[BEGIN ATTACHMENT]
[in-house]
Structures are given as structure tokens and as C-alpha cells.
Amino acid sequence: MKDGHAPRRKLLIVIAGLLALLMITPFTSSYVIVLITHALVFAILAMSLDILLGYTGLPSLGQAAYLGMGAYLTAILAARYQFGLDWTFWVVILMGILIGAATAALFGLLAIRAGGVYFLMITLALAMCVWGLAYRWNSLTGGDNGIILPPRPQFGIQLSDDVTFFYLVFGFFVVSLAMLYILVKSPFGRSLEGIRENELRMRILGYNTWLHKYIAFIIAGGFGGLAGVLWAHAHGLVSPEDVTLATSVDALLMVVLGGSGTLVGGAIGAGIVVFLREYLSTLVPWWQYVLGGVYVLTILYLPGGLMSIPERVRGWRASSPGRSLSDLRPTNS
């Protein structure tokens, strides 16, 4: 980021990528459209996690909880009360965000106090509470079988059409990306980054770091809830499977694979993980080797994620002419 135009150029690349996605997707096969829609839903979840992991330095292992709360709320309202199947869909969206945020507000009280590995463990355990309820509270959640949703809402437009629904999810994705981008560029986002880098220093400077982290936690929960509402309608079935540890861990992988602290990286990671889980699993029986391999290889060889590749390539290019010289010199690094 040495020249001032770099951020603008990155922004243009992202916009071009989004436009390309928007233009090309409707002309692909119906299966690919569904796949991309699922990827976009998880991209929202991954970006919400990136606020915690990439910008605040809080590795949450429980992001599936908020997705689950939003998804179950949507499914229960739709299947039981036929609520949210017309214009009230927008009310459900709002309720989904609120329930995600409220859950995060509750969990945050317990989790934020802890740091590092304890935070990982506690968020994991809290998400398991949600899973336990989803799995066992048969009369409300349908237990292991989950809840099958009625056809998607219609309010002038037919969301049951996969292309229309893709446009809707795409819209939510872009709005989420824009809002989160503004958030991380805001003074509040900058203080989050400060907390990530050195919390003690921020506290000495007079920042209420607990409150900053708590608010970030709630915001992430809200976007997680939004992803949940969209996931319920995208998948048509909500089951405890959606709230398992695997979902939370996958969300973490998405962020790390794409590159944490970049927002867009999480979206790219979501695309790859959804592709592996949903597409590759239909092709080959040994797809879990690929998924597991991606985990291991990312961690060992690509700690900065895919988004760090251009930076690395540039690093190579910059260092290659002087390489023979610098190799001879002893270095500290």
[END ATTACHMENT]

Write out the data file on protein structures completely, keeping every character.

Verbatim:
[in-house]
Structures are given as structure tokens and as C-alpha cells.
Amino acid sequence: MKDGHAPRRKLLIVIAGLLALLMITPFTSSYVIVLITHALVFAILAMSLDILLGYTGLPSLGQAAYLGMGAYLTAILAARYQFGLDWTFWVVILMGILIGAATAALFGLLAIRAGGVYFLMITLALAMCVWGLAYRWNSLTGGDNGIILPPRPQFGIQLSDDVTFFYLVFGFFVVSLAMLYILVKSPFGRSLEGIRENELRMRILGYNTWLHKYIAFIIAGGFGGLAGVLWAHAHGLVSPEDVTLATSVDALLMVVLGGSGTLVGGAIGAGIVVFLREYLSTLVPWWQYVLGGVYVLTILYLPGGLMSIPERVRGWRASSPGRSLSDLRPTNS
């Protein structure tokens, strides 16, 4: 980021990528459209996690909880009360965000106090509470079988059409990306980054770091809830499977694979993980080797994620002419 135009150029690349996605997707096969829609839903979840992991330095292992709360709320309202199947869909969206945020507000009280590995463990355990309820509270959640949703809402437009629904999810994705981008560029986002880098220093400077982290936690929960509402309608079935540890861990992988602290990286990671889980699993029986391999290889060889590749390539290019010289010199690094 040495020249001032770099951020603008990155922004243009992202916009071009989004436009390309928007233009090309409707002309692909119906299966690919569904796949991309699922990827976009998880991209929202991954970006919400990136606020915690990439910008605040809080590795949450429980992001599936908020997705689950939003998804179950949507499914229960739709299947039981036929609520949210017309214009009230927008009310459900709002309720989904609120329930995600409220859950995060509750969990945050317990989790934020802890740091590092304890935070990982506690968020994991809290998400398991949600899973336990989803799995066992048969009369409300349908237990292991989950809840099958009625056809998607219609309010002038037919969301049951996969292309229309893709446009809707795409819209939510872009709005989420824009809002989160503004958030991380805001003074509040900058203080989050400060907390990530050195919390003690921020506290000495007079920042209420607990409150900053708590608010970030709630915001992430809200976007997680939004992803949940969209996931319920995208998948048509909500089951405890959606709230398992695997979902939370996958969300973490998405962020790390794409590159944490970049927002867009999480979206790219979501695309790859959804592709592996949903597409590759239909092709080959040994797809879990690929998924597991991606985990291991990312961690060992690509700690900065895919988004760090251009930076690395540039690093190579910059260092290659002087390489023979610098190799001879002893270095500290």